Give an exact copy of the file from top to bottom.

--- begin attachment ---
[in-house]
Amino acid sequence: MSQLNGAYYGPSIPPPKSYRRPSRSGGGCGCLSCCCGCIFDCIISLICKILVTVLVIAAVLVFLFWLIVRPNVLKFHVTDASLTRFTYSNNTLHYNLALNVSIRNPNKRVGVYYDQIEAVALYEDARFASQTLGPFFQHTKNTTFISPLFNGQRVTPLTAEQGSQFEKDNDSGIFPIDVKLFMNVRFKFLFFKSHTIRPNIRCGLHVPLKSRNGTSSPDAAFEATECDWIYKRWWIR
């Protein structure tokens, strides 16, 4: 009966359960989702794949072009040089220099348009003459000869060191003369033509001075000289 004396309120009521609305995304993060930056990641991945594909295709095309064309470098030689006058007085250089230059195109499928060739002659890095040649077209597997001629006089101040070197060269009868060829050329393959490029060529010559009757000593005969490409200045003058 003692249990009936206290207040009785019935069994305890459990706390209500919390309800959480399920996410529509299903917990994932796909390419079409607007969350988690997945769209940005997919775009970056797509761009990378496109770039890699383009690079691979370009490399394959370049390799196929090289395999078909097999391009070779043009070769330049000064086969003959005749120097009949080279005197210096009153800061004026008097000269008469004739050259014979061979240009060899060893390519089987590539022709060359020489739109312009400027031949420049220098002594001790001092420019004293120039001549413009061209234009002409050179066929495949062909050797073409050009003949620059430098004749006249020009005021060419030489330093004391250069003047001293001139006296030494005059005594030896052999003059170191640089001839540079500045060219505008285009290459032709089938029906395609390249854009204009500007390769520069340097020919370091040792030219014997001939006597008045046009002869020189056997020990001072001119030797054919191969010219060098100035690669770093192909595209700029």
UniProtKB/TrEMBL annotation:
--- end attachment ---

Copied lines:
[in-house]
Amino acid sequence: MSQLNGAYYGPSIPPPKSYRRPSRSGGGCGCLSCCCGCIFDCIISLICKILVTVLVIAAVLVFLFWLIVRPNVLKFHVTDASLTRFTYSNNTLHYNLALNVSIRNPNKRVGVYYDQIEAVALYEDARFASQTLGPFFQHTKNTTFISPLFNGQRVTPLTAEQGSQFEKDNDSGIFPIDVKLFMNVRFKFLFFKSHTIRPNIRCGLHVPLKSRNGTSSPDAAFEATECDWIYKRWWIR
């Protein structure tokens, strides 16, 4: 009966359960989702794949072009040089220099348009003459000869060191003369033509001075000289 004396309120009521609305995304993060930056990641991945594909295709095309064309470098030689006058007085250089230059195109499928060739002659890095040649077209597997001629006089101040070197060269009868060829050329393959490029060529010559009757000593005969490409200045003058 003692249990009936206290207040009785019935069994305890459990706390209500919390309800959480399920996410529509299903917990994932796909390419079409607007969350988690997945769209940005997919775009970056797509761009990378496109770039890699383009690079691979370009490399394959370049390799196929090289395999078909097999391009070779043009070769330049000064086969003959005749120097009949080279005197210096009153800061004026008097000269008469004739050259014979061979240009060899060893390519089987590539022709060359020489739109312009400027031949420049220098002594001790001092420019004293120039001549413009061209234009002409050179066929495949062909050797073409050009003949620059430098004749006249020009005021060419030489330093004391250069003047001293001139006296030494005059005594030896052999003059170191640089001839540079500045060219505008285009290459032709089938029906395609390249854009204009500007390769520069340097020919370091040792030219014997001939006597008045046009002869020189056997020990001072001119030797054919191969010219060098100035690669770093192909595209700029």
UniProtKB/TrEMBL annotation: